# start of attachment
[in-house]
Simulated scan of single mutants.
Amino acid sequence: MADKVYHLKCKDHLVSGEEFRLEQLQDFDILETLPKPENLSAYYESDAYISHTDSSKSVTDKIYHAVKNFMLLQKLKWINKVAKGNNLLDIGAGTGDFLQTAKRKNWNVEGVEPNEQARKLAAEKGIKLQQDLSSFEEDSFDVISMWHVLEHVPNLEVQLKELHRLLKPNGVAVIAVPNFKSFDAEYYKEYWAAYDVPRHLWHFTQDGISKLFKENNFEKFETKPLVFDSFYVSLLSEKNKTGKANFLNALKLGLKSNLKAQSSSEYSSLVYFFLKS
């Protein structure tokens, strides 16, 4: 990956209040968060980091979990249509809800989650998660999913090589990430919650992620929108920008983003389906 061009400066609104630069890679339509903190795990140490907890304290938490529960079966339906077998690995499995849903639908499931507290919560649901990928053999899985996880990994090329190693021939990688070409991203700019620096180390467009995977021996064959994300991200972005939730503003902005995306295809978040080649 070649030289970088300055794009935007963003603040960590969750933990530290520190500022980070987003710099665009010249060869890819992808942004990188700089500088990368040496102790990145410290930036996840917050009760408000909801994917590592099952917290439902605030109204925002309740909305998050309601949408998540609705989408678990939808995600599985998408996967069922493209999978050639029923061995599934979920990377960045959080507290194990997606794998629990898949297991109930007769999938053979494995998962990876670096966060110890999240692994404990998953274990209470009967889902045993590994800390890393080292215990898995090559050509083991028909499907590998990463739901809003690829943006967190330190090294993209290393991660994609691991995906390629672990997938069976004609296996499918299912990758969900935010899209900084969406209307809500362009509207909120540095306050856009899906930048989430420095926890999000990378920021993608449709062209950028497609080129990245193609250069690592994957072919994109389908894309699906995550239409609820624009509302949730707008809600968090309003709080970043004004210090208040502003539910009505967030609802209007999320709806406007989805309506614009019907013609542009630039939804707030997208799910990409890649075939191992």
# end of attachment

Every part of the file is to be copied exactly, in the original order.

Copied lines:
[in-house]
Simulated scan of single mutants.
Amino acid sequence: MADKVYHLKCKDHLVSGEEFRLEQLQDFDILETLPKPENLSAYYESDAYISHTDSSKSVTDKIYHAVKNFMLLQKLKWINKVAKGNNLLDIGAGTGDFLQTAKRKNWNVEGVEPNEQARKLAAEKGIKLQQDLSSFEEDSFDVISMWHVLEHVPNLEVQLKELHRLLKPNGVAVIAVPNFKSFDAEYYKEYWAAYDVPRHLWHFTQDGISKLFKENNFEKFETKPLVFDSFYVSLLSEKNKTGKANFLNALKLGLKSNLKAQSSSEYSSLVYFFLKS
């Protein structure tokens, strides 16, 4: 990956209040968060980091979990249509809800989650998660999913090589990430919650992620929108920008983003389906 061009400066609104630069890679339509903190795990140490907890304290938490529960079966339906077998690995499995849903639908499931507290919560649901990928053999899985996880990994090329190693021939990688070409991203700019620096180390467009995977021996064959994300991200972005939730503003902005995306295809978040080649 070649030289970088300055794009935007963003603040960590969750933990530290520190500022980070987003710099665009010249060869890819992808942004990188700089500088990368040496102790990145410290930036996840917050009760408000909801994917590592099952917290439902605030109204925002309740909305998050309601949408998540609705989408678990939808995600599985998408996967069922493209999978050639029923061995599934979920990377960045959080507290194990997606794998629990898949297991109930007769999938053979494995998962990876670096966060110890999240692994404990998953274990209470009967889902045993590994800390890393080292215990898995090559050509083991028909499907590998990463739901809003690829943006967190330190090294993209290393991660994609691991995906390629672990997938069976004609296996499918299912990758969900935010899209900084969406209307809500362009509207909120540095306050856009899906930048989430420095926890999000990378920021993608449709062209950028497609080129990245193609250069690592994957072919994109389908894309699906995550239409609820624009509302949730707008809600968090309003709080970043004004210090208040502003539910009505967030609802209007999320709806406007989805309506614009019907013609542009630039939804707030997208799910990409890649075939191992």